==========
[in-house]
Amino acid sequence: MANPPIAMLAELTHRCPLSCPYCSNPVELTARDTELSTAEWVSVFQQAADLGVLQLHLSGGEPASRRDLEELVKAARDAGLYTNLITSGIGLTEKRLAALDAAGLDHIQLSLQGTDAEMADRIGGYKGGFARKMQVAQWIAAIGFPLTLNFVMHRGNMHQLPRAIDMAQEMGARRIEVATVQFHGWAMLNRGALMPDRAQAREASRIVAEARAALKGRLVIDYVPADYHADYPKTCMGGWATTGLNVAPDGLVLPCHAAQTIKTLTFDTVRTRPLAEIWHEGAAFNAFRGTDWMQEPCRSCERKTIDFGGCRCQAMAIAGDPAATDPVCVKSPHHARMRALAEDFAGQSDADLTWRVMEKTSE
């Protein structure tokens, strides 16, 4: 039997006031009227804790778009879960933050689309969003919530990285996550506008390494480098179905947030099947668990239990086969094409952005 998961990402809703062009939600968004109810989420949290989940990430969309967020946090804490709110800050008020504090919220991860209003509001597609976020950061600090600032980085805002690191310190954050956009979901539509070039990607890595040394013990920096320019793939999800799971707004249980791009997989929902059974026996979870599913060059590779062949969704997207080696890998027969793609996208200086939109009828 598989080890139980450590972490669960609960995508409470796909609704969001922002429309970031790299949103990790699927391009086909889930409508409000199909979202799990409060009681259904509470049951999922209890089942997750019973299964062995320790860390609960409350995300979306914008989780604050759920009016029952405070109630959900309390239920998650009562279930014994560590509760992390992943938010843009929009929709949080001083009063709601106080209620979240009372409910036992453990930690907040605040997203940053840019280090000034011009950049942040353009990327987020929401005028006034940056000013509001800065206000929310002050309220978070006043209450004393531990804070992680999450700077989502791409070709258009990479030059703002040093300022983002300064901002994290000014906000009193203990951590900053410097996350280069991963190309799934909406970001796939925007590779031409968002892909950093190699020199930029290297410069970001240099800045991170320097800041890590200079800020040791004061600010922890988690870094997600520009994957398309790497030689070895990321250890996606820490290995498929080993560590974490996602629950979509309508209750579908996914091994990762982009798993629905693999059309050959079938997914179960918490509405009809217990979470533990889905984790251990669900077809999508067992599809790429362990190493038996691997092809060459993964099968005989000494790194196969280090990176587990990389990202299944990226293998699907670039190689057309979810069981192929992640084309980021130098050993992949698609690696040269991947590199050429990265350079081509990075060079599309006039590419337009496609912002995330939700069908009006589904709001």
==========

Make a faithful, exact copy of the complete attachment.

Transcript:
[in-house]
Amino acid sequence: MANPPIAMLAELTHRCPLSCPYCSNPVELTARDTELSTAEWVSVFQQAADLGVLQLHLSGGEPASRRDLEELVKAARDAGLYTNLITSGIGLTEKRLAALDAAGLDHIQLSLQGTDAEMADRIGGYKGGFARKMQVAQWIAAIGFPLTLNFVMHRGNMHQLPRAIDMAQEMGARRIEVATVQFHGWAMLNRGALMPDRAQAREASRIVAEARAALKGRLVIDYVPADYHADYPKTCMGGWATTGLNVAPDGLVLPCHAAQTIKTLTFDTVRTRPLAEIWHEGAAFNAFRGTDWMQEPCRSCERKTIDFGGCRCQAMAIAGDPAATDPVCVKSPHHARMRALAEDFAGQSDADLTWRVMEKTSE
């Protein structure tokens, strides 16, 4: 039997006031009227804790778009879960933050689309969003919530990285996550506008390494480098179905947030099947668990239990086969094409952005 998961990402809703062009939600968004109810989420949290989940990430969309967020946090804490709110800050008020504090919220991860209003509001597609976020950061600090600032980085805002690191310190954050956009979901539509070039990607890595040394013990920096320019793939999800799971707004249980791009997989929902059974026996979870599913060059590779062949969704997207080696890998027969793609996208200086939109009828 598989080890139980450590972490669960609960995508409470796909609704969001922002429309970031790299949103990790699927391009086909889930409508409000199909979202799990409060009681259904509470049951999922209890089942997750019973299964062995320790860390609960409350995300979306914008989780604050759920009016029952405070109630959900309390239920998650009562279930014994560590509760992390992943938010843009929009929709949080001083009063709601106080209620979240009372409910036992453990930690907040605040997203940053840019280090000034011009950049942040353009990327987020929401005028006034940056000013509001800065206000929310002050309220978070006043209450004393531990804070992680999450700077989502791409070709258009990479030059703002040093300022983002300064901002994290000014906000009193203990951590900053410097996350280069991963190309799934909406970001796939925007590779031409968002892909950093190699020199930029290297410069970001240099800045991170320097800041890590200079800020040791004061600010922890988690870094997600520009994957398309790497030689070895990321250890996606820490290995498929080993560590974490996602629950979509309508209750579908996914091994990762982009798993629905693999059309050959079938997914179960918490509405009809217990979470533990889905984790251990669900077809999508067992599809790429362990190493038996691997092809060459993964099968005989000494790194196969280090990176587990990389990202299944990226293998699907670039190689057309979810069981192929992640084309980021130098050993992949698609690696040269991947590199050429990265350079081509990075060079599309006039590419337009496609912002995330939700069908009006589904709001």